what they would tell the jury.
Defense attorney Judy Clarke vigor-
ously objected to Cleary's plans, saying
that he could make an effective case
using other, apparently less graphic,
statements from her 55-year-old client,
who was not present in court yesterday.
Prosecutors and defense attorneys

did tell Burrell that they had agreed to
tell jurors about the 12 bombings that
are not among charges against
Kaczynski. Prosecutors want to cite
these other attacks to show a pattern
that allegedly began in 1978.
Clarke said that as a consequence the
prosecution will need to call fewer wit-
nesses. She said it will "dramatically
reduce the length of the trial."
Prosecutors, who had previously said
their case could take two months, are
now estimating it will only last about a
month.
In another development, Burrell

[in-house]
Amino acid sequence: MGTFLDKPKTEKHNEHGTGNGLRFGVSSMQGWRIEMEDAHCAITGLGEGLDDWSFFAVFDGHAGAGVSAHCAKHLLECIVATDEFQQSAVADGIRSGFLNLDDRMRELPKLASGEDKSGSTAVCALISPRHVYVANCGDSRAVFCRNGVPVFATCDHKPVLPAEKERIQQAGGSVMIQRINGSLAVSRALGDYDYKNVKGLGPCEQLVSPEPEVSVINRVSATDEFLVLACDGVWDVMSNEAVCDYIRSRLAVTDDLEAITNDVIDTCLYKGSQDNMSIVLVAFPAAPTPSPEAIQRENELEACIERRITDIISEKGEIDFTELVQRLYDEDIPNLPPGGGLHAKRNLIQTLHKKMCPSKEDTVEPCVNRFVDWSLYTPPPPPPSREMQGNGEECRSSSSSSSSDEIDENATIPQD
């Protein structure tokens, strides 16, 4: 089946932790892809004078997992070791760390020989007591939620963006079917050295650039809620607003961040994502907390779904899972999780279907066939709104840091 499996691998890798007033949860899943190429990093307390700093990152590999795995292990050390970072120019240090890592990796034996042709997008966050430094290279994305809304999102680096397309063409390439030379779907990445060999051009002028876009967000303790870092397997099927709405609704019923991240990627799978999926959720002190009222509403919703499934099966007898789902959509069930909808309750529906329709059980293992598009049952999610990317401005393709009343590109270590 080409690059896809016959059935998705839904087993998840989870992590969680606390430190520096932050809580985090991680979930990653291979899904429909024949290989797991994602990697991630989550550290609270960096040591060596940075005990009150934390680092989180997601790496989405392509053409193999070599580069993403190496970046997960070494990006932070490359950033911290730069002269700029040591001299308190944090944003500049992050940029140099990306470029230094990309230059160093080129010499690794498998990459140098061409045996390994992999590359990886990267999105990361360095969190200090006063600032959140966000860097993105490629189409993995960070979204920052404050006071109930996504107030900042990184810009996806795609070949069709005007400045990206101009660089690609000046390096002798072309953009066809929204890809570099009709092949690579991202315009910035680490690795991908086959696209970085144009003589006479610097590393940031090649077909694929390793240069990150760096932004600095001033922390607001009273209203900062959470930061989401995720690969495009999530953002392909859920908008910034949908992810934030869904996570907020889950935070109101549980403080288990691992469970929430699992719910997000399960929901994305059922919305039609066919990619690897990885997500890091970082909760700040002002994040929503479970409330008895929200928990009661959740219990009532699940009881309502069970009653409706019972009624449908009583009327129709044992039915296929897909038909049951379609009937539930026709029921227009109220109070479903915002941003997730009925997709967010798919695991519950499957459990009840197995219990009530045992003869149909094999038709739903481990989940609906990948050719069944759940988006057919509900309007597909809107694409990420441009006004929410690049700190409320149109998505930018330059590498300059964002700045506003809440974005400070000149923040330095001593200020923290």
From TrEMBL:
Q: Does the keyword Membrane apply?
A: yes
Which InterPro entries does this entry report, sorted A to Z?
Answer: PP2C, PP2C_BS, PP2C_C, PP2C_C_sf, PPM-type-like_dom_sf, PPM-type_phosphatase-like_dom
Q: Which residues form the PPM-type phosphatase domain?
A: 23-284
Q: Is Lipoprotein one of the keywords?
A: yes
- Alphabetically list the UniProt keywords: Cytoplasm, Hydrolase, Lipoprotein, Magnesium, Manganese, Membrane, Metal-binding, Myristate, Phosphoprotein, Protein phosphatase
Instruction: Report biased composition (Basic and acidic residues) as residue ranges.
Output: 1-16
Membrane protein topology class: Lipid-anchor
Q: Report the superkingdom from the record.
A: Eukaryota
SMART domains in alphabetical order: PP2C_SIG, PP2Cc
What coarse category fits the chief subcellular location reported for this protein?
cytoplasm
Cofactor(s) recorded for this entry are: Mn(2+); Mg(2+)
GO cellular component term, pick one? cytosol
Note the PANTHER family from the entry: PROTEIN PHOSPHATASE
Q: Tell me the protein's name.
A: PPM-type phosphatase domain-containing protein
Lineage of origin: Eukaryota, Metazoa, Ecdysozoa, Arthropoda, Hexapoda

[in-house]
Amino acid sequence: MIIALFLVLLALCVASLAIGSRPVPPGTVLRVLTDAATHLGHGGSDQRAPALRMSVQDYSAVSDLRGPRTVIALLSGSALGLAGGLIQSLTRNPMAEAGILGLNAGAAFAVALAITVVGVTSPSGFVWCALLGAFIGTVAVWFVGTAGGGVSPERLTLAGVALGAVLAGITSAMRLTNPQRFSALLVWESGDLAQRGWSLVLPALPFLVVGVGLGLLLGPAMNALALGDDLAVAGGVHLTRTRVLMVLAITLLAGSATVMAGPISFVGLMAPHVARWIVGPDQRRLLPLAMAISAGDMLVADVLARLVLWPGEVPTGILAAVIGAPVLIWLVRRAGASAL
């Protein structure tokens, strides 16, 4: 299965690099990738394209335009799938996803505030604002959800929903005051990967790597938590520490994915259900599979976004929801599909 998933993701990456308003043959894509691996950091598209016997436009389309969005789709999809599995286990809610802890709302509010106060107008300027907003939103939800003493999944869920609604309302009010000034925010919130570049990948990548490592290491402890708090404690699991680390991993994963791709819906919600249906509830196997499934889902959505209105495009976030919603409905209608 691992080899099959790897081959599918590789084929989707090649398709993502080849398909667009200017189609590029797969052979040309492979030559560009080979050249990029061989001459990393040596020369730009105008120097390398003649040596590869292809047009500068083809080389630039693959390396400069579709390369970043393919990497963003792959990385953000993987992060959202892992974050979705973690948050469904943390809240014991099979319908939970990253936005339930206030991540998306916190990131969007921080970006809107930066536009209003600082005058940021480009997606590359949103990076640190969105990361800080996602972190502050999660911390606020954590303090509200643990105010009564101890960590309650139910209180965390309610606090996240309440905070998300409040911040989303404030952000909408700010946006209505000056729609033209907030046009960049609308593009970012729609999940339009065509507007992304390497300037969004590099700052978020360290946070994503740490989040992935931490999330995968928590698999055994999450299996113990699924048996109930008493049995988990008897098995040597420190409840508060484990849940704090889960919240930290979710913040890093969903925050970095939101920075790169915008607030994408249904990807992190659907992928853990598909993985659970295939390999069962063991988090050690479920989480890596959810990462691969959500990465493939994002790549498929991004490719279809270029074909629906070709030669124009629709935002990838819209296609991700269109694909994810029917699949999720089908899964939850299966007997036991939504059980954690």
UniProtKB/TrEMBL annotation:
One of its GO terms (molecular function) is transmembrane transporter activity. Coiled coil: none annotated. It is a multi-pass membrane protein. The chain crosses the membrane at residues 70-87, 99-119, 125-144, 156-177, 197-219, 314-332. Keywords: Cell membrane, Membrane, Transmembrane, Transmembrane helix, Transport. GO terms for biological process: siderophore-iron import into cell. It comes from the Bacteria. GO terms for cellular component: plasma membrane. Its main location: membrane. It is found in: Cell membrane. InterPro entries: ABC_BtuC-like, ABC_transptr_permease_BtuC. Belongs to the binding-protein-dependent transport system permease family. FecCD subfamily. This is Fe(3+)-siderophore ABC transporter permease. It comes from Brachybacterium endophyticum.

declined to reveal further details of
closed-door conversations he recently
had with Kaczynski and his attorneys.
Heavily censored transcripts of the
meetings suggest that Kaczynski was
disgruntled with his attorneys, possibly
their efforts to suggest that he is men-
tally ill. Yesterday, Burrell also indicat-
ed in a passing reference that
Kaczynski may have sought to repre-
sent himself. The judge offered no fur-
ther explanation.

AP PHOTO

Niki Deutchman, the forewoman of the jury in the Terry Nichols bombing trial, is surrounded by photographers and
reporters as she enters her east Denver home yesterday.

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Continued from Page :.
Matsch said the jurors, who were empowered to make a
binding sentencing recommendation, disagreed on the issue
that was a legal threshold for deciding on the death penalty -
whether Nichols intended people to die in the blast.
The jury foreman, Niki Deutchman, described a panel
tortured by doubts, wracked by dissension and deeply
skeptical of the government's case. In a 70-minute news
conference in a sun-dappled municipal park near her
Denver neighborhood, Deutchman said the seven women
and five men were a divided and distraught group, rife with